It looks the part and that beautiful wood cabinet will make it a showcase piece of audio gear. Your records will sound great and if you get even more serious in the future, you can upgrade the cartridge for a boost in audio performance. 

Teac TN-280BT review

But it’s the flexibility in connectivity that really makes this one stand out. Not everyone looking for a turntable upgrade has a component stereo with Phono input, or a standalone pre-amplifier. The TEAC TN-280BT can be connected to virtually any audio system thanks to its integrated pre-amp. And with Bluetooth, you can have a high quality turntable with a single cable for power, that’s streaming records wirelessly to a Bluetooth speaker. You may lose out on some of the analog appeal of records by going wireless, but there’s a lot to be said for the convenience.

The TEAC TN-280BT is a Best Buy exclusive offering. You’ll find other Teac options and many other top turntable manufacturers at Best Buy.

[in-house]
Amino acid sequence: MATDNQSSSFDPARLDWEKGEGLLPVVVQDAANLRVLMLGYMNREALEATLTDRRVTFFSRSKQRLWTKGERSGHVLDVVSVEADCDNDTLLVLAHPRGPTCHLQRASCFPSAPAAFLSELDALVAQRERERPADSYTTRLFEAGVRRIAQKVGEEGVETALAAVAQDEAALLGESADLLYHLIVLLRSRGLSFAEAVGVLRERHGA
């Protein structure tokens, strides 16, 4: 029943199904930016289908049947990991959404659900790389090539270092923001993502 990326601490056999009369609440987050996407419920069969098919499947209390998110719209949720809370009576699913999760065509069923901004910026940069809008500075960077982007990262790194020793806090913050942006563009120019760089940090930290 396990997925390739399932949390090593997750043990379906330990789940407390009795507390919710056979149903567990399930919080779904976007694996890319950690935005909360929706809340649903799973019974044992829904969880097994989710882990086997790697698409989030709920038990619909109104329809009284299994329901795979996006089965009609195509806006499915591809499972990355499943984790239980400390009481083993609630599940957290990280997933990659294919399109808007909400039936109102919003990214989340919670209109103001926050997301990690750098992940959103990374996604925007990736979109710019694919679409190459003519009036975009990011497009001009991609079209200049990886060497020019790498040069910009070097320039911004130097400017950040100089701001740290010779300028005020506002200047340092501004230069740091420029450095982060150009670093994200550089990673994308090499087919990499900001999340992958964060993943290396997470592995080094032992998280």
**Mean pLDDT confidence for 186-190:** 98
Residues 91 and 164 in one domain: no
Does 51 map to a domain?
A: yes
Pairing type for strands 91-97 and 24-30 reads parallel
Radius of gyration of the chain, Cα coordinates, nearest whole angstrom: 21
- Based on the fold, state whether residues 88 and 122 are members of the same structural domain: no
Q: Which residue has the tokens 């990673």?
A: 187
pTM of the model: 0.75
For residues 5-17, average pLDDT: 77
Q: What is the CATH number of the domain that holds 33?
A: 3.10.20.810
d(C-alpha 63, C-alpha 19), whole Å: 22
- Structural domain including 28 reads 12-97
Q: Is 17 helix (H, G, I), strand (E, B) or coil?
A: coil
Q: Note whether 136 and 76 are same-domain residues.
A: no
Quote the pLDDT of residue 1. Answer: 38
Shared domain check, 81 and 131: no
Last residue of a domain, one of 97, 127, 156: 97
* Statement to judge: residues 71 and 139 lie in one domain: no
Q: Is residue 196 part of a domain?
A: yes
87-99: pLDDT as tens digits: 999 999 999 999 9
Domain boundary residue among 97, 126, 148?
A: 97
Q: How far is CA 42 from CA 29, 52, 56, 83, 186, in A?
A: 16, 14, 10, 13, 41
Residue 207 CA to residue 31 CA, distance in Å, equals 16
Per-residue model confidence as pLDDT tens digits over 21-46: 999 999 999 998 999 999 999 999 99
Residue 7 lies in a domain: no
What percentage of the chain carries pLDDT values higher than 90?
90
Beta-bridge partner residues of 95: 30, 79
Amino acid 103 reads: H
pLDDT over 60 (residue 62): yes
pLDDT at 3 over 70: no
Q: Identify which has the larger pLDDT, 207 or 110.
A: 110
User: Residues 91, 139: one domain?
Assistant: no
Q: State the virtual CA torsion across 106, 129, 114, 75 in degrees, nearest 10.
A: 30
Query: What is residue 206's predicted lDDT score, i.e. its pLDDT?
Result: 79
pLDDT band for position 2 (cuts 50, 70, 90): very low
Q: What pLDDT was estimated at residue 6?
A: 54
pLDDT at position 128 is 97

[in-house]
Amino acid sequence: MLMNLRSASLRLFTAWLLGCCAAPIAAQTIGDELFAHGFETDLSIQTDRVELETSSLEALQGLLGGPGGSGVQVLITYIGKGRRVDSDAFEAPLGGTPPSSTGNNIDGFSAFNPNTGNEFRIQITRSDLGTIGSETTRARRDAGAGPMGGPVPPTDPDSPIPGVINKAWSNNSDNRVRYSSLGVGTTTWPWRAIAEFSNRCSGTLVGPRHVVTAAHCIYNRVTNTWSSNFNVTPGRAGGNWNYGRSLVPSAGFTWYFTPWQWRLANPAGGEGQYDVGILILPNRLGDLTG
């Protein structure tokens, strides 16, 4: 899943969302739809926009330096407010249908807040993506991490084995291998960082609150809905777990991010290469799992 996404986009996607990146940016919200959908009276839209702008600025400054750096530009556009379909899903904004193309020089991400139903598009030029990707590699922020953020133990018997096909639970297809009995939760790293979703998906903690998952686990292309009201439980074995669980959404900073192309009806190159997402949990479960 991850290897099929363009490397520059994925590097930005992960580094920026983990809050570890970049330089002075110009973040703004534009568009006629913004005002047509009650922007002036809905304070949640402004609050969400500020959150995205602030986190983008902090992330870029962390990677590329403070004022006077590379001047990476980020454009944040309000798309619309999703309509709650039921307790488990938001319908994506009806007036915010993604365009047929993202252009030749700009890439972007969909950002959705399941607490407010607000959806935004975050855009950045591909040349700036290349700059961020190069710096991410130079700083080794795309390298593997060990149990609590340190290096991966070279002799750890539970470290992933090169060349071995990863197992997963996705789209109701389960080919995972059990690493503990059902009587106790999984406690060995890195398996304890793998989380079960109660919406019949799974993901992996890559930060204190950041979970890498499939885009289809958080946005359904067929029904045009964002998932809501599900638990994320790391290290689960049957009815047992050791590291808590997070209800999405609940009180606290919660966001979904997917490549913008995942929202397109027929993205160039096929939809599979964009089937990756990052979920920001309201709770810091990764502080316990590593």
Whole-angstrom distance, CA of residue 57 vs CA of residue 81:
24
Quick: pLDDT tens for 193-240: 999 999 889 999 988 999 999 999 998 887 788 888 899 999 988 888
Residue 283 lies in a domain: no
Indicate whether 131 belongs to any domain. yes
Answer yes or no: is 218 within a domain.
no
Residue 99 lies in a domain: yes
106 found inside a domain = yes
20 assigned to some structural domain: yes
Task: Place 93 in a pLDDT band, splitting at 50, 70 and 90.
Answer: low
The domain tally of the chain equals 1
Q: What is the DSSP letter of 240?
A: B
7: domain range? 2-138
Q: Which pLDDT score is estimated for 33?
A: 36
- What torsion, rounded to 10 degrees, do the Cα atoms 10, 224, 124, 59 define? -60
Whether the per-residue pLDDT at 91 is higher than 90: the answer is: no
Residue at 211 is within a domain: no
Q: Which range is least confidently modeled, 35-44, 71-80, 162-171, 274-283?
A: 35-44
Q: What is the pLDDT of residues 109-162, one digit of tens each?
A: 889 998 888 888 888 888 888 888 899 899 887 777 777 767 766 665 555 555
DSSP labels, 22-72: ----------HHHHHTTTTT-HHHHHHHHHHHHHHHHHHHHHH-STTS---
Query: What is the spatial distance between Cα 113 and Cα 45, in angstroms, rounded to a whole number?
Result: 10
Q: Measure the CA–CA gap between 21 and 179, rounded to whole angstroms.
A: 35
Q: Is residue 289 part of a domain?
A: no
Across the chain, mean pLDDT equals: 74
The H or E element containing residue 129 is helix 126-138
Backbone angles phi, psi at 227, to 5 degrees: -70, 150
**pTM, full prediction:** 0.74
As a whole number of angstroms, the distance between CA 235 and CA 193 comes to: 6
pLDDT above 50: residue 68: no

Teac TN-280BT review

Brad Moon
Editor Computing solutions
I’m a long-time electronics and gadget geek who’s been fortunate enough to enjoy a career that lets me indulge this interest. I have been writing about technology for several decades for a wide range of outlets including Wired, Gizmodo, Lifehacker, MSN, About.com, Kiplinger, and GeekDad. I’m in my 10th year as a senior contributor for Forbes with a focus on reviewing music-related tech, Apple gear, battery power stations and other consumer electronics. My day job is with the Malware Research Center at AI-native cybersecurity pioneer CrowdStrike.


Comments are closed.